Deveney on the other hand helps to fill in a lot more of the details with her photo storybook. I learned that the grid online is just a small snapshot of the full work which has 67 photos and 26 diary entries. Unfortunately, I have been unable to find a copy of the full work. I did discover part of Edith and Len’s story, that they are from a Welsh nursing home, Len had fallen and needed care whilst Edith had poor eyesight. They were aged 93 and 92.

Edith and Len is a piece of work that will stay with me for a long time and I wish I could find out even more about it, but there isn’t a great deal available as it was Deveney’s Masters assignment. It is a story of love, care and pure beauty that is haunting at times. It makes me question the relationship between the photographer and the subjects and the ethics of intruding on someone’s life like this. The photos capture some very intimate moments and we know from the writings the impact on Edith and Len at times. Should we be documenting intimate moments like this when at times the subjects don’t seem happy about it, but at the same time, they seem to get comfort and companionship with the photographer. I wonder about the lasting impact on both the couple and the photographer. Growing old and death is something we are scared of and it is right to explore it in a sensitive way like this, viewing these photos and diary entries have made me question old age and what will happen to people I love in the future. This is what makes the work meaningful and especially powerful.

Ideas for my Own Work

Looking at these two artists has made me consider how I could use text to add to the narrative of my work in future. Adding text isn’t something I have done a great deal of in my own work and I am going to experiment with doing so.

In our student area, I have uploaded my Boy with the Apple image and also spent some time looking at the other students work. There are some powerful narrative images in there. I think the ones I am drawn to the most are everyday photos that have a line or two of narrative added to them to tell a story. There is one that a student has posted of her standard office set up with the lines that explain how she almost resents the room.


Ekphrastic Method and Time Idea

Coursework, Creative Arts 1.1 Experience Creative Arts, Creative Arts BA (Hons), Project 3: Understanding Interdisciplinarity

I have an idea that I would like to try to develop that links the ekphrastic method and time but also highlights the era of “fake news” and message twisting we are in.

The principle is that I start with a famous piece of visual art like a Van Gogh or something iconic like The Scream and write an ekphrastic poem based on it. I (or even possibly then pass it to someone else) then paint or create something based on the poem, then take that new piece of art and write another poem…..and so on in a chain.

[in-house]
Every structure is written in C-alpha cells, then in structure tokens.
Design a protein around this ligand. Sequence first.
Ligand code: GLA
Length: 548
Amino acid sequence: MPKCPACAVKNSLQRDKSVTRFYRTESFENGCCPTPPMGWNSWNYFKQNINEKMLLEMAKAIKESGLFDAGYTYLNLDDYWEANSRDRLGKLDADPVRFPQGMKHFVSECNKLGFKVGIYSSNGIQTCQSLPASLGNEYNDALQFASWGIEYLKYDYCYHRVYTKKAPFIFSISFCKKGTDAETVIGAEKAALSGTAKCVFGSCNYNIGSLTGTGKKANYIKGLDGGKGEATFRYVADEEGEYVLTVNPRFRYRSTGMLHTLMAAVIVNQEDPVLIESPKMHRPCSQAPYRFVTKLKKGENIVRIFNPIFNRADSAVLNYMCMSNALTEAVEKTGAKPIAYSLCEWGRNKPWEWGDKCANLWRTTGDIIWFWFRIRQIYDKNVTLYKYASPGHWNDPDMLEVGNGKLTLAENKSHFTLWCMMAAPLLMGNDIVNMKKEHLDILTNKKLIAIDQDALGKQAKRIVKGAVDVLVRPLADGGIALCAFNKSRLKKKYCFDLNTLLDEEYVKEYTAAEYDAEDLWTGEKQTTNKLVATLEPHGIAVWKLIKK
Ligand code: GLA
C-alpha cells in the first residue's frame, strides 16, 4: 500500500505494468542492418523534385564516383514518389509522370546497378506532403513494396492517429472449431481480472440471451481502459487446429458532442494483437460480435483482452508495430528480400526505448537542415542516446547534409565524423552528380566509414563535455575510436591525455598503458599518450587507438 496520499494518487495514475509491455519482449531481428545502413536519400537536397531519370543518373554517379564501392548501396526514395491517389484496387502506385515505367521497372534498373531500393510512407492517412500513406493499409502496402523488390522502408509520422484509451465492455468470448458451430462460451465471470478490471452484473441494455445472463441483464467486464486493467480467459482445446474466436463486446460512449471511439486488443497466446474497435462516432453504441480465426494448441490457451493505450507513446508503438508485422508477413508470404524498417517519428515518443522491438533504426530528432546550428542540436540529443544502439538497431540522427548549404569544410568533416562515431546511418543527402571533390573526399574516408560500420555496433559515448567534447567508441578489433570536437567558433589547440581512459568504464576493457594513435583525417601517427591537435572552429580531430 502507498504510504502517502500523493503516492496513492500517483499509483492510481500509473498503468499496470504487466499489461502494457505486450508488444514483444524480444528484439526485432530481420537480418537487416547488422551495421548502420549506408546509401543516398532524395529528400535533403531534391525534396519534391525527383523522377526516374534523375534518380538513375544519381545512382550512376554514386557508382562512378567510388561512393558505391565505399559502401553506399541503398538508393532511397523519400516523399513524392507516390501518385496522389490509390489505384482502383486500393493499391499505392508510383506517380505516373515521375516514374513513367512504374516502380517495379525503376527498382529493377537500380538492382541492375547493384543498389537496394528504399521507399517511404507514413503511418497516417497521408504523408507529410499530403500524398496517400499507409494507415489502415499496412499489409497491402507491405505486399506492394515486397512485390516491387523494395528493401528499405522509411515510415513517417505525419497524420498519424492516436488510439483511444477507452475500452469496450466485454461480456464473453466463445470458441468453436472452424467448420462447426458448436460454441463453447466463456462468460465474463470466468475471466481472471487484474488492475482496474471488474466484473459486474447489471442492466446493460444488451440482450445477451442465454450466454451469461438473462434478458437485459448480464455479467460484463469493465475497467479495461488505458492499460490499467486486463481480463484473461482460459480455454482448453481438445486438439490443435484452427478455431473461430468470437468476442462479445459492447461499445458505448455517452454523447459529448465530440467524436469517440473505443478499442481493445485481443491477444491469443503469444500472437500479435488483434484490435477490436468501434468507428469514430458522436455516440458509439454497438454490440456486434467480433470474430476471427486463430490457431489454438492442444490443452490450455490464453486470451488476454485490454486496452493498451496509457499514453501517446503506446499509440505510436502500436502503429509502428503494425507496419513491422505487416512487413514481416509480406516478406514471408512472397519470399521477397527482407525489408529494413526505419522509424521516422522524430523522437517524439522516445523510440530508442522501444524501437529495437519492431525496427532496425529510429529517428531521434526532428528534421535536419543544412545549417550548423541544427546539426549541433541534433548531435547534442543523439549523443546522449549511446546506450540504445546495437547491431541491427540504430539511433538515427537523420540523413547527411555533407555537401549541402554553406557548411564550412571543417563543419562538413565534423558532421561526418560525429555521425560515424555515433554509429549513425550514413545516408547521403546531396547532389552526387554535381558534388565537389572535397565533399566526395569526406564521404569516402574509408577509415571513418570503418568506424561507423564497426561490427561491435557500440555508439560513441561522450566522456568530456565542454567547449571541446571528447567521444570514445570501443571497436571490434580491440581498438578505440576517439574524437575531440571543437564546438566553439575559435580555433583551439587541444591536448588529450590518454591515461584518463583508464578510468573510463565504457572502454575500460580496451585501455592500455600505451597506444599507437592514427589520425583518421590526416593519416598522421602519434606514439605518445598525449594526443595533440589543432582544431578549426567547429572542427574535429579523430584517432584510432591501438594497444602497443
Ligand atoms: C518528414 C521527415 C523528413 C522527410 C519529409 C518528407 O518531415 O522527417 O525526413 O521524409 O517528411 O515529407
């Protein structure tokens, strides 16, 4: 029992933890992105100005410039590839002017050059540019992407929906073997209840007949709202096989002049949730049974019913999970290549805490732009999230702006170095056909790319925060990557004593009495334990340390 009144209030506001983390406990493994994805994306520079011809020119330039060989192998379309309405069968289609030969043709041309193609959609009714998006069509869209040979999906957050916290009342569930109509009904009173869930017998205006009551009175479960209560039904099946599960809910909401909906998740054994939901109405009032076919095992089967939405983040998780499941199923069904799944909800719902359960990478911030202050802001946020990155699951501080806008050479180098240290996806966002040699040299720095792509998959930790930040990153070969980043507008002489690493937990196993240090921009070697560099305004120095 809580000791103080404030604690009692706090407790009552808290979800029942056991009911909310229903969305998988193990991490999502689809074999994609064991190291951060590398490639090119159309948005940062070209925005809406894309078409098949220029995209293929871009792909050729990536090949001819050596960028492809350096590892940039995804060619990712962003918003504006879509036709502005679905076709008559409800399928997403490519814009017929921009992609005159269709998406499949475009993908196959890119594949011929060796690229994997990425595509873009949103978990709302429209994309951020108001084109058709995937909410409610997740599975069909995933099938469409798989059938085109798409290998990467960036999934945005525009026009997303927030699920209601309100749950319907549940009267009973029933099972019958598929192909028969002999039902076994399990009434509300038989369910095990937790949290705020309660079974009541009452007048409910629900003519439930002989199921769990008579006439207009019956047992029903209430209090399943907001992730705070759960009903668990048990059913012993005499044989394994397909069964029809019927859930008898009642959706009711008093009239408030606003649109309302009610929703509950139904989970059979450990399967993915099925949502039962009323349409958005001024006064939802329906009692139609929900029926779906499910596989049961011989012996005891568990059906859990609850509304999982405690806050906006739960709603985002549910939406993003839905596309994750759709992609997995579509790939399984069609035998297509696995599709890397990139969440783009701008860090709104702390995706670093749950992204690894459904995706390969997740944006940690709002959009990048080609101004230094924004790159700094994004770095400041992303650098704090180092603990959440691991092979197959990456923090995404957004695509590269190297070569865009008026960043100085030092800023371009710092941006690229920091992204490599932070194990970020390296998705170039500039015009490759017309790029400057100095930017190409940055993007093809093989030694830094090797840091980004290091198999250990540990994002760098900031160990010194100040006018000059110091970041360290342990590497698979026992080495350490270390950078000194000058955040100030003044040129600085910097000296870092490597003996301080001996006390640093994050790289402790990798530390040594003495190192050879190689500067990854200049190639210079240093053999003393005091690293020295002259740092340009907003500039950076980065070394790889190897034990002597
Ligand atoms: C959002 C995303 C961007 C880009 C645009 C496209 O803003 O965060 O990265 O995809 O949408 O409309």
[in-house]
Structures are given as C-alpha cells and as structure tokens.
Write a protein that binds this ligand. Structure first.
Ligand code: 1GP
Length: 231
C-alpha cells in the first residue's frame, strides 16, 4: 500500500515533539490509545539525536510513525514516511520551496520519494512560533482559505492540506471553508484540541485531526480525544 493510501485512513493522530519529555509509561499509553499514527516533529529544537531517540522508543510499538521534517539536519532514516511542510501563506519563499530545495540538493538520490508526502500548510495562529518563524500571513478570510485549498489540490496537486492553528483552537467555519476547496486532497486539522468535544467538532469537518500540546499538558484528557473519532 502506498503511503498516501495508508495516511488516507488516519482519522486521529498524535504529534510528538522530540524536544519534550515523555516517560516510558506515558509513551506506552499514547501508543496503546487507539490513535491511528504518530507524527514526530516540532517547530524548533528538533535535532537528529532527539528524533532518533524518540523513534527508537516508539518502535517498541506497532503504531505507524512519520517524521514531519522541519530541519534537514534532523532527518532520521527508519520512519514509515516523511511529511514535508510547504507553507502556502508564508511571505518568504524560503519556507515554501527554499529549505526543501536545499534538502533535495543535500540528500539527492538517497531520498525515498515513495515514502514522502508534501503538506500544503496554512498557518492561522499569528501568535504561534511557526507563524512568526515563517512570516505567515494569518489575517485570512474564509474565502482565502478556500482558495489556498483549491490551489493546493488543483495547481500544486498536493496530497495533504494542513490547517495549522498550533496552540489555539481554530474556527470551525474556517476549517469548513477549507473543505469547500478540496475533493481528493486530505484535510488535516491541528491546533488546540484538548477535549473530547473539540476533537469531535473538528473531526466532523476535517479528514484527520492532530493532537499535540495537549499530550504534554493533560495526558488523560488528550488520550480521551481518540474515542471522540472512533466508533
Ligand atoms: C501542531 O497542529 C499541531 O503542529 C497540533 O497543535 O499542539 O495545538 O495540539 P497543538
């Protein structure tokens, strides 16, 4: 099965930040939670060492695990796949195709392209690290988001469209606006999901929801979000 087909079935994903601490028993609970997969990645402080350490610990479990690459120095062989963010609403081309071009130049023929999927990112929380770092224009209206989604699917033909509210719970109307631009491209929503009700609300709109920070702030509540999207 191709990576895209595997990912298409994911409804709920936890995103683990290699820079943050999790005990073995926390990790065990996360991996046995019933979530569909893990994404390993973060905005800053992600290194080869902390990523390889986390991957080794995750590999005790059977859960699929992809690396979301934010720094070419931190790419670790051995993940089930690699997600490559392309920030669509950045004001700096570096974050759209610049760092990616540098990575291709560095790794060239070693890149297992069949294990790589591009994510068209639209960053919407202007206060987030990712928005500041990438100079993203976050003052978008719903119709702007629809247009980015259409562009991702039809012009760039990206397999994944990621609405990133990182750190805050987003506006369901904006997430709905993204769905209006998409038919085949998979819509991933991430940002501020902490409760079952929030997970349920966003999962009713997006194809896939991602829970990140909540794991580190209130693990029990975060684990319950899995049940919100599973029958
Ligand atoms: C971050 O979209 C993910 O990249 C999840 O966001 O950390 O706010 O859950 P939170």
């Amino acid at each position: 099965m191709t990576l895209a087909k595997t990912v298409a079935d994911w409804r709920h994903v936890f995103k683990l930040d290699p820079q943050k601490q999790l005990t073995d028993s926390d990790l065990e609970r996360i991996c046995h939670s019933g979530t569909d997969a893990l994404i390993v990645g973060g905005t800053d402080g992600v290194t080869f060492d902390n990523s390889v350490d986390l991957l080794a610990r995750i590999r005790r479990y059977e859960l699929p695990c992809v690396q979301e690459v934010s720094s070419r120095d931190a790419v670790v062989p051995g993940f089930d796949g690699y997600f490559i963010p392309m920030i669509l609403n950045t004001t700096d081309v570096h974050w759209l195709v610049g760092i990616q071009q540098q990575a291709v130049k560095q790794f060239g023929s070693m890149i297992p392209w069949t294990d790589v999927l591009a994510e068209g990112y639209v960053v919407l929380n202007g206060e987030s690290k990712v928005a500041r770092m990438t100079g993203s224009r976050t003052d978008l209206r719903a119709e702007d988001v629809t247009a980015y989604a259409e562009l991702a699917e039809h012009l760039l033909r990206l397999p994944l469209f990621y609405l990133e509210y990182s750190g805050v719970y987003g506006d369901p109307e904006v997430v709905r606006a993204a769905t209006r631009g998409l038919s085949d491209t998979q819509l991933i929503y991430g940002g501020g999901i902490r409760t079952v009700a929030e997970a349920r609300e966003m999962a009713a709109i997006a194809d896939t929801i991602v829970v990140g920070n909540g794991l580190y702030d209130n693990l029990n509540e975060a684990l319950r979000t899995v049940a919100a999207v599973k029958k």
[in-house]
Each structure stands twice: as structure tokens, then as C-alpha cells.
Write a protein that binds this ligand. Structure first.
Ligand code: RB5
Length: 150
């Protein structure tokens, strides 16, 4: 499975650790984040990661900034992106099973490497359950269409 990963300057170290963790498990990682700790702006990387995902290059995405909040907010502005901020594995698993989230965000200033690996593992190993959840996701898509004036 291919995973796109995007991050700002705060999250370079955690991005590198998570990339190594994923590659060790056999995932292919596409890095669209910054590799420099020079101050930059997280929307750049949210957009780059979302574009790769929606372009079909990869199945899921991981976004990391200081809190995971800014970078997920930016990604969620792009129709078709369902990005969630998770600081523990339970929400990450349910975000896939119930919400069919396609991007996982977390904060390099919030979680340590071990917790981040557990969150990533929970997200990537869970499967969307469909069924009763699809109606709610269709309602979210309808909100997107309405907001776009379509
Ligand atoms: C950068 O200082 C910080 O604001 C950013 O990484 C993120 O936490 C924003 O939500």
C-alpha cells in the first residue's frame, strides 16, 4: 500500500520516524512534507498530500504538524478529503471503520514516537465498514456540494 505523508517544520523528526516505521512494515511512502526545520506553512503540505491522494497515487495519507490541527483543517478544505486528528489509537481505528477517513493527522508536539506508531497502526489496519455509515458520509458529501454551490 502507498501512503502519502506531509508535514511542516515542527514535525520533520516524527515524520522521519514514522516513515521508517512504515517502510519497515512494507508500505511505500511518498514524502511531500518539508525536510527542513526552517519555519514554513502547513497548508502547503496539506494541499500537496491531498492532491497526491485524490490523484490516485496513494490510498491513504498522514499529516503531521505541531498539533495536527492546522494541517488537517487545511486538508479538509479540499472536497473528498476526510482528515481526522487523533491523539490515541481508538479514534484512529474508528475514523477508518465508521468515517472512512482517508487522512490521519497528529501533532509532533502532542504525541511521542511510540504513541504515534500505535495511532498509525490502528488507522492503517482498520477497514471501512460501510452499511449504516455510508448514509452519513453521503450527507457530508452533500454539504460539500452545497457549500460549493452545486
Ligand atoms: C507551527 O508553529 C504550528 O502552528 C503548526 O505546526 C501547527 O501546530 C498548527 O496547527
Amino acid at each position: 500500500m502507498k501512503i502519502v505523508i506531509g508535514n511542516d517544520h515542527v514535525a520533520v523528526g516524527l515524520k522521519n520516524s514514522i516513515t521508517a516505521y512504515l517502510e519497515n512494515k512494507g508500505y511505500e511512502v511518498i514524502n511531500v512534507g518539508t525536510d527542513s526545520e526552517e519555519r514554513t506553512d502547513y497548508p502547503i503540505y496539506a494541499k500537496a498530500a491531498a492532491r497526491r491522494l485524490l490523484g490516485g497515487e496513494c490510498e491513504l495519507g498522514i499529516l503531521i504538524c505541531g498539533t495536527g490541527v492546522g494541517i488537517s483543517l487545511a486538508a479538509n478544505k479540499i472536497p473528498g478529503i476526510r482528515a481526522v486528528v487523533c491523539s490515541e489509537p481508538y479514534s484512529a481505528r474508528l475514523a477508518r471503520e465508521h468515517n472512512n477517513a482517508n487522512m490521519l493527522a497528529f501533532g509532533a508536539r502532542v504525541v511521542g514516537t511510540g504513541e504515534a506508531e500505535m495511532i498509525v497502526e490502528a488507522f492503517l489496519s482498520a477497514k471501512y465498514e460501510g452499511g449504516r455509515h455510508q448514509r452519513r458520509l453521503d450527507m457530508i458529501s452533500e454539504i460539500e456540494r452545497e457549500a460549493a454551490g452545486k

I could even base it on The Spiral Jetty.

Like a more sophisticated game of “Chinese whispers”.

I’m interested in how the idea would change over time, an evolution of ideas. At what point would any resemblance of the original artwork be completely lost?

Ekphrastic Poetry – The Starry Night by Anne Sexton

Coursework, Creative Arts 1.1 Experience Creative Arts, Creative Arts BA (Hons), Project 3: Understanding Interdisciplinarity

The Starry Night by Anne Sexton

That does not keep me from having a terrible need of—shall I say the word—religion. Then I go out at night to paint the stars. Vincent Van Gogh in a letter to his brother.

The town does not exist
except where one black-haired tree slips
up like a drowned woman into the hot sky.
The town is silent. The night boils with eleven stars.   
Oh starry starry night! This is how
I want to die.

It moves. They are all alive.
Even the moon bulges in its orange irons   
to push children, like a god, from its eye.
The old unseen serpent swallows up the stars.   
Oh starry starry night! This is how   
I want to die:

into that rushing beast of the night,   
sucked up by that great dragon, to split   
from my life with no flag,
no belly,
no cry.

Ekphrastic poetry is usually a piece of writing is inspired by a piece of visual art. It originates from the ancient Greek practice of vividly describing works of art.

The piece I found that intrigued me was The Starry Night by Anne Sexton which takes its inspiration from the famous Van Gogh painting.

The Starry Night’ by Anne Sexton is a three-stanza poem that is divided into two sets of seven lines and one final quintain, or set of five lines. These lines do not follow a specific rhyme scheme or metrical pattern, but they do contain numerous examples of half-rhymes and full rhymes. For example, “sky” and “die” in the first stanza and “die” and “eye” in the second stanza. Half rhymes like “eye” and “irons” also exist.